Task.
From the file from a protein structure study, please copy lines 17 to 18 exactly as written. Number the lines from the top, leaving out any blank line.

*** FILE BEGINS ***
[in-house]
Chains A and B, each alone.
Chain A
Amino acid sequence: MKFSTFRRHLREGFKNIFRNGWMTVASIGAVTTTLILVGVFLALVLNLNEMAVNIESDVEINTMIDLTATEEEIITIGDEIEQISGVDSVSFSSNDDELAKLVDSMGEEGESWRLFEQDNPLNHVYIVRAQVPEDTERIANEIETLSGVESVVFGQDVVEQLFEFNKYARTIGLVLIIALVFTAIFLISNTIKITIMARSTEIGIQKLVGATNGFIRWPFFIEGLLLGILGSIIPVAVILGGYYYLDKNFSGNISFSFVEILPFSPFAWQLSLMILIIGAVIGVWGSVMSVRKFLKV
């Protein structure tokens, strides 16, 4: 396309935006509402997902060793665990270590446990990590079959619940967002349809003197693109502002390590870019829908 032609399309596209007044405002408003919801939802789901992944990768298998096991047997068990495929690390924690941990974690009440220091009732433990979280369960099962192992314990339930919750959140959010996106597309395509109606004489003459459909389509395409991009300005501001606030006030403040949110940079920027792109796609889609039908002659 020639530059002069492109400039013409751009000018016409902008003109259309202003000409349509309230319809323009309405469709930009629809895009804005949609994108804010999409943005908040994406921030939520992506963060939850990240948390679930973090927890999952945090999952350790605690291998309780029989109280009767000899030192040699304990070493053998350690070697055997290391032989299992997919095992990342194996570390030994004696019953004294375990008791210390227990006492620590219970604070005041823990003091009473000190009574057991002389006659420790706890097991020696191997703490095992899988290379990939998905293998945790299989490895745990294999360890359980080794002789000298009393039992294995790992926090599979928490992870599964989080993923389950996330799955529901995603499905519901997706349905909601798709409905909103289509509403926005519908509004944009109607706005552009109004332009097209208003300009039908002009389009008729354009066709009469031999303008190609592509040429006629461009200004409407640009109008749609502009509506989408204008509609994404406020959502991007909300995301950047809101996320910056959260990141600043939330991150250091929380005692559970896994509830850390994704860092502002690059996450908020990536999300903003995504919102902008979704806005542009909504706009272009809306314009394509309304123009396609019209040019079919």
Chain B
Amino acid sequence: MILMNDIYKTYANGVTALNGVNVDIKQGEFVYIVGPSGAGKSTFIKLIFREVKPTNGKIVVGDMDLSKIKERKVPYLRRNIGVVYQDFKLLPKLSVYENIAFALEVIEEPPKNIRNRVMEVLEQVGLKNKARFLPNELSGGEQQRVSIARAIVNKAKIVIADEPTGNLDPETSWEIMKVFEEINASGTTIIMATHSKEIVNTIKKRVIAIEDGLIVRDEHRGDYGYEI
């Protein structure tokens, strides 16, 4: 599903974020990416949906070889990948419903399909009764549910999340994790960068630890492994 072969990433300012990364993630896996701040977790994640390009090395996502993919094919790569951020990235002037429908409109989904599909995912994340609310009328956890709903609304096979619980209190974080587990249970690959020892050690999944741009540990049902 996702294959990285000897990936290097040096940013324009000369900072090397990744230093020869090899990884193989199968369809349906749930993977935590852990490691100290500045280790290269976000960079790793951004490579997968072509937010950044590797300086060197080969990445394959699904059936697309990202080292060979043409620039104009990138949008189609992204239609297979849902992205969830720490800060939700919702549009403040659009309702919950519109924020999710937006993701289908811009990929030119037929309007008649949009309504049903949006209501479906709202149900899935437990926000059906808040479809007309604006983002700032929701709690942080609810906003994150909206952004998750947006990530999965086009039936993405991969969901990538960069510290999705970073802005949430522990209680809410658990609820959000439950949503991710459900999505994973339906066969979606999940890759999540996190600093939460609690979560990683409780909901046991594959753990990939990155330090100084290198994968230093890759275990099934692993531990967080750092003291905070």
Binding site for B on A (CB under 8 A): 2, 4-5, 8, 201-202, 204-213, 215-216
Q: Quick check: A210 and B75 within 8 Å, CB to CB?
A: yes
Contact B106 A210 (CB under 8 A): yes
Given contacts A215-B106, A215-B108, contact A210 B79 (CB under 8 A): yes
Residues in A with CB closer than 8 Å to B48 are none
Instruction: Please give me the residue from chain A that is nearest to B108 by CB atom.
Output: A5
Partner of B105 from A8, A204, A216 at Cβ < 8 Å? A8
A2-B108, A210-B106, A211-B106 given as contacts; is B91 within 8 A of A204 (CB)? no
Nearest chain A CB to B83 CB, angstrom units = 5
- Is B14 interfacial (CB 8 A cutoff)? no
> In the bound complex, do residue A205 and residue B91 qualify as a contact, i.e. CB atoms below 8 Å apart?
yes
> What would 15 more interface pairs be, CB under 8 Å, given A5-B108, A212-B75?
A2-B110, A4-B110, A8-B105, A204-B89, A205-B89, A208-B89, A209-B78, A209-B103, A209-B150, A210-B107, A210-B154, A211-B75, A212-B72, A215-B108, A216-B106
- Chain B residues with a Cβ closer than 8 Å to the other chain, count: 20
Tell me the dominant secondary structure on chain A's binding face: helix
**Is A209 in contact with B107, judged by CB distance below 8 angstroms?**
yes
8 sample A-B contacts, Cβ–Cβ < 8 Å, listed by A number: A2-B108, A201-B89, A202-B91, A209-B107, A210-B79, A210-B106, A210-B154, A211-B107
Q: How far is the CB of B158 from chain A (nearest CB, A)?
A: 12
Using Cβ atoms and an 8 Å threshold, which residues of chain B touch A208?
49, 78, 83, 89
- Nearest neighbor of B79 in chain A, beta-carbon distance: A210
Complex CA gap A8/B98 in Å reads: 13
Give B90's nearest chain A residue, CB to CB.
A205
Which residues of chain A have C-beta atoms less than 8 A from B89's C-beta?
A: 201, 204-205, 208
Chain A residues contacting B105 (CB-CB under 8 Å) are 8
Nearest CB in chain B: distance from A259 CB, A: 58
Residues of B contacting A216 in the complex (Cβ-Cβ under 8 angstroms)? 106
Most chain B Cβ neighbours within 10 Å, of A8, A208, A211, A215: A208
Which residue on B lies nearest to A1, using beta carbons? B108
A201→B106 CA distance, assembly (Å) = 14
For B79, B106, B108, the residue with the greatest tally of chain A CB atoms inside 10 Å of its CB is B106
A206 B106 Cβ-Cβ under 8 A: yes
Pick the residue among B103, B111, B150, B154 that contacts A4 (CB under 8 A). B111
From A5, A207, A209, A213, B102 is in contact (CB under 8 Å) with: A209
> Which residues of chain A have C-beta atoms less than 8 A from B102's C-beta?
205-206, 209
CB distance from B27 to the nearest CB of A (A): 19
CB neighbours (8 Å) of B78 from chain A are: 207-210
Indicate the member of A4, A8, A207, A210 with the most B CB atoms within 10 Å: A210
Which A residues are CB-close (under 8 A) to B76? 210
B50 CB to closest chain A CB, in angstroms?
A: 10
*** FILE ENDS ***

Partner of B105 from A8, A204, A216 at Cβ < 8 Å? A8
A2-B108, A210-B106, A211-B106 given as contacts; is B91 within 8 A of A204 (CB)? no